Decompensated cirrhosis * hospital perspective

Report
The Critically Ill Alcoholic – A
Daily Challenge
PERSONAL INTRODUCTION
A DIFFICULT CASE
MEDICAL AND ETHICAL FACTORS
DISCUSSION & QUESTIONS
Your speaker – Dr Philip Berry
 University of Bristol (qual. 1996)
 Roehampton, Kingston, St Thomas’, Sydney (ICU)
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SW Thames gastroenterology rotation
MD at Kings College Hospital - Institute of Liver Studies
Hepatology - Royal Free Hospital, University College Hospital
Appointed FPH November 2010
Interests
 Decompensated cirrhosis and prognosis
 Critical illness, interface with ICU
 Advanced endoscopy
 Medical ethics
 General gastroenterology
MW, 55 years old, known ALD
2010
VB, Ascites,
recovered
MW, 55 years old, known ALD
2010
VB, Ascites,
recovered
2012
Jaundice
Ascites
Confusion
MW, 55 years old, known ALD
2010
VB, Ascites,
recovered
2012
Jaundice
Ascites
Confusion
O/E
Icteric++
Fever
Large
abdomen
Aterixis
MW, 55 years old, known ALD
2010
VB, Ascites,
recovered
2012
Jaundice
Ascites
Confusion
O/E
Icteric++
Fever
Large
abdomen
Aterixis
Ix
Bili 346 µmol/L
INR 2.8
Hb 10.4 g/dL
Creat 280 µmol/L
Further Ix
Tap – 460
PMN/ml
MW, 55 years old, known ALD
2010
VB, Ascites,
recovered
2012
Jaundice
Ascites
Confusion
O/E
Icteric++
Fever
Large
abdomen
Aterixis
Ix
Bili 346 µmol/L
INR 2.8
Hb 10.4 g/dL
Creat 280 µmol/L
Further Ix
Tap – 460
PMN/ml
Tx
CVC
Tazocin
Albumin
Terlipressin
ADU
MW, 55 years old, known ALD
Later that night:
Semi-comatose
Hypotensive
Oligoanuric
ABG – acidosis
Hypoxic
ICU – full organ
support
ADU/HDU ceiling of care
Ward – palliative
care
MW, 55 years old, known ALD
Later that night:
Semi-comatose
Hypotensive
Oligoanuric
ABG – acidosis
Hypoxic
ICU – full organ
support
ADU/HDU ceiling of care
Ward – palliative
care
Should he be admitted to ITU?
Is it appropriate?
 Considerations:
 He will definitely die without organ support - Fact
 What is the chance of short term survival on ICU?
 What is the longer term outlook?
 What is the duration of therapy that will be required?
 Cost? – should we be asking ourselves this?
 Does he deserve another ‘throw of the dice’? – should we be
asking this?
National burden of decompensated CLD
 In the UK, between 1990 and 2003, admissions for chronic
liver disease (CLD) rose by 71% in males and 43% in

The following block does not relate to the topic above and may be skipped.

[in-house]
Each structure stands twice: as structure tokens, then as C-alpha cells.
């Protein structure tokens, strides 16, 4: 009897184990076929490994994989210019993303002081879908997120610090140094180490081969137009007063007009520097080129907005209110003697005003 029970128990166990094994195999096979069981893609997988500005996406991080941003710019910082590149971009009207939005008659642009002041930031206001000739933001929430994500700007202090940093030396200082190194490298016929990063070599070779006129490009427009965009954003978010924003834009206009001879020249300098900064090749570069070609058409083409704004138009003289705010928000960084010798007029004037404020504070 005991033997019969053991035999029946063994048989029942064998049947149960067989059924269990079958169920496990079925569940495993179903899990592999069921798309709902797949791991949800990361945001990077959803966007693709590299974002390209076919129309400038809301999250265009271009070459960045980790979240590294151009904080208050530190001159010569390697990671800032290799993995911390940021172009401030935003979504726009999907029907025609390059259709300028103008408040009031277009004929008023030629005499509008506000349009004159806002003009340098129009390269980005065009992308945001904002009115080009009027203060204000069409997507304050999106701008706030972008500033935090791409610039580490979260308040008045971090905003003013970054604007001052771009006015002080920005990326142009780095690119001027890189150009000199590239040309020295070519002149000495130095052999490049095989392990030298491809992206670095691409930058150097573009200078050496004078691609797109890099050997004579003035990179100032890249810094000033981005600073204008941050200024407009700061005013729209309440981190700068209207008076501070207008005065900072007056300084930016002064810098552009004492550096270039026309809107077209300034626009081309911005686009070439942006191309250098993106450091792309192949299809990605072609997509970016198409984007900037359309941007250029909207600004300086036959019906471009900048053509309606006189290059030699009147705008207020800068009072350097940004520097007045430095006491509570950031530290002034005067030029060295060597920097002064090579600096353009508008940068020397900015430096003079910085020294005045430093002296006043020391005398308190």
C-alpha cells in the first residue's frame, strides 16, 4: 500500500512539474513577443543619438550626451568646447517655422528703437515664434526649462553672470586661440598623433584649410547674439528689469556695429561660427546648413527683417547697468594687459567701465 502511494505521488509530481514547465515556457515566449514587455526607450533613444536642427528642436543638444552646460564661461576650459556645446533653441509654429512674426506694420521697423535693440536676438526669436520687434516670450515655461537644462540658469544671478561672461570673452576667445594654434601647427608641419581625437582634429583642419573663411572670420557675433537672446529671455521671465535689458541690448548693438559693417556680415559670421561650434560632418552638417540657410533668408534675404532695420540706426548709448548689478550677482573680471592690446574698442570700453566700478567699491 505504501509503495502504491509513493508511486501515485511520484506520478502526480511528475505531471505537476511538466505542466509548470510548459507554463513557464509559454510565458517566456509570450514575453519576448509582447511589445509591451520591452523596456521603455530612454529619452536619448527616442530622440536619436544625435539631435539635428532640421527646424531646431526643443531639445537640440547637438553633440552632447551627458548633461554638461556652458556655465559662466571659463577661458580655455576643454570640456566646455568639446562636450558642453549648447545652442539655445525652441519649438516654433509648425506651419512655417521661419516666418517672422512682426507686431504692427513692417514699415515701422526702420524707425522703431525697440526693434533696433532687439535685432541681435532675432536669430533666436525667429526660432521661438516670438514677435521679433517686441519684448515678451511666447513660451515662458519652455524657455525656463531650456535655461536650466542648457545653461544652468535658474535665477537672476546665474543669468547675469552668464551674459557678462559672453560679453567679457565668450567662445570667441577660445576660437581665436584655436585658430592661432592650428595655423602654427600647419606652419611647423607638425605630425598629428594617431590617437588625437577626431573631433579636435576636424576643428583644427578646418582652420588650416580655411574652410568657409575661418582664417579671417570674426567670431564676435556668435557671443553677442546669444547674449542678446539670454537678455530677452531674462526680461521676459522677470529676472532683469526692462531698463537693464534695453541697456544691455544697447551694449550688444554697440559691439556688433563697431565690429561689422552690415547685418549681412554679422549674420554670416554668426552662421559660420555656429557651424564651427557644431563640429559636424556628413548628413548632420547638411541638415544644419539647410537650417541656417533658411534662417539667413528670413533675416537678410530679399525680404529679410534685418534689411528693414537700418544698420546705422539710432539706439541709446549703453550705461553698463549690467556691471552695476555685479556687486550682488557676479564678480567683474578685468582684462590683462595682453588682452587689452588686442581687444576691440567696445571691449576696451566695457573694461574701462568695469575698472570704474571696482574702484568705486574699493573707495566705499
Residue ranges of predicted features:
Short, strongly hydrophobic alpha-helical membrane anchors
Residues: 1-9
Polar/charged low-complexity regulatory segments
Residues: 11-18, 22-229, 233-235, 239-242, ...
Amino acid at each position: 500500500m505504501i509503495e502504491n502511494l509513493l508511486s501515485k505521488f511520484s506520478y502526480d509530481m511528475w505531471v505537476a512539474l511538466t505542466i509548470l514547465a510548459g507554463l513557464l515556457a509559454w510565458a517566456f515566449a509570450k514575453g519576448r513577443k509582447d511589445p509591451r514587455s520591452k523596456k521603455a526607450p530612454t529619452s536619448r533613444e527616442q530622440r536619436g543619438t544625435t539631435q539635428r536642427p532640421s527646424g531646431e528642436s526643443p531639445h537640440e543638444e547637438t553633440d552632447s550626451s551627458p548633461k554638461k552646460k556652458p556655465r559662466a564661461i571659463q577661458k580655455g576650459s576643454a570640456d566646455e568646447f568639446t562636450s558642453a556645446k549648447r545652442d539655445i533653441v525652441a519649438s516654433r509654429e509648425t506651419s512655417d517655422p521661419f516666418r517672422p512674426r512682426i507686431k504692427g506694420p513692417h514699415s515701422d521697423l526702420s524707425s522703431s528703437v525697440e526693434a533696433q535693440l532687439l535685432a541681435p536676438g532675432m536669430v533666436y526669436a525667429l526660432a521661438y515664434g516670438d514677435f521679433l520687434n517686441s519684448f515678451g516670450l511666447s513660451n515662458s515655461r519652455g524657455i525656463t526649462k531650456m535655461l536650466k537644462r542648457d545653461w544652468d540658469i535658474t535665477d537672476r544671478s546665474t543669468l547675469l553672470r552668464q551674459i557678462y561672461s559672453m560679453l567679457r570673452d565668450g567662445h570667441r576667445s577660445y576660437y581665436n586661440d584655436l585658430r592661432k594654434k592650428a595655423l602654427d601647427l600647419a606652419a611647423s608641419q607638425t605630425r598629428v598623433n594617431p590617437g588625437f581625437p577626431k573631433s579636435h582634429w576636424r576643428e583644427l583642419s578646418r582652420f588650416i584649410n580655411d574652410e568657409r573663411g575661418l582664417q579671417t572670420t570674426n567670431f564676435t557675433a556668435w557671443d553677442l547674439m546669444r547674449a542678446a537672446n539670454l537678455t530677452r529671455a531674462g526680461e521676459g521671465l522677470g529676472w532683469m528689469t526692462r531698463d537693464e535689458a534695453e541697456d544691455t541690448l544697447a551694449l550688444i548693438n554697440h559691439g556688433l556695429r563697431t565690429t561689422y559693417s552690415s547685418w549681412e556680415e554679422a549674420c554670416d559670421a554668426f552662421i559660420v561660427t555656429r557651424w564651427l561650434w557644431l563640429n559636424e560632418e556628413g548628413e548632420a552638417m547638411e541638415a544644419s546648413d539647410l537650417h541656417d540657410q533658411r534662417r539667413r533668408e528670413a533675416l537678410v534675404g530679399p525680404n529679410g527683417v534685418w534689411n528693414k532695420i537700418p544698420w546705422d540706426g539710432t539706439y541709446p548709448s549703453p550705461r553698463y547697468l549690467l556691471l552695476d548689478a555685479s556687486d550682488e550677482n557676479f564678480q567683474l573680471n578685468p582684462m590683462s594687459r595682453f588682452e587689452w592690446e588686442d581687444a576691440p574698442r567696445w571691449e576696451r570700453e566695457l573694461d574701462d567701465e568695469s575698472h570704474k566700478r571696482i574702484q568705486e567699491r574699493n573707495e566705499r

females.
 These changes were largely driven by alcohol related liver
disease (ARLD) with rates more than doubling in all age
groups.
 There has been a five-fold increase in progression to
cirrhosis in 35-55 year olds over the last 10 years.
 Between 1996 and 2005 the percentage of ICU admissions
in England and Wales with ARLD rose from 0.65% to 1.35%,
the estimated number of bed days rising from 3100 to over
10000.
Single rising cause of death
The National Plan for
Liver Services UK
2009
A Time to Act: Improving
Liver Health and
Outcomes in Liver
Disease
Experience of ALD at FPH
 66 patients with decompensated cirrhosis leading to
154 admissions over 12 months
ALD
HCV
HBV
ALD
ALD/Fluclox
HFE/ALD
NASH
PSC
First
presentation
Ongoing
alcohol use
Abstinence
Experience of ALD at FPH
In-hospital mortality:
Ward - 5%
HDU - 14%
ICU - 36%
LEVEL of CARE
ICU
HDU
Ward
0
5
10
15
20
25
30
35
40
Length of Stay and Mortality
90 day mortality:
Ward - 8%
HDU - 21%
ICU - 50%
50
45
40
35
30
25
Ward
20
HDU
ICU
15
10
ICU
5
HDU
0
LOS (d)
Ward
In-hospital
mortality
(%)
90 day
mortality
(%)
Therapeutic nihilism
 100 cirrhotic patients requiring mechanical ventilation.
 Overall mortality rate was 89%
 100% among patients with septic shock and/or
superimposed acute hepatitis and/or severe cirrhosis
defined with clinical signs: jaundice and/or ascites and/or
spontaneous hepatic encephalopathy and/or severe
malnutrition (Goldfarb 1983)
Relative optimism!
 Secondary care data, which may reflect a less highly
selected cohort of patients with CLD, has demonstrated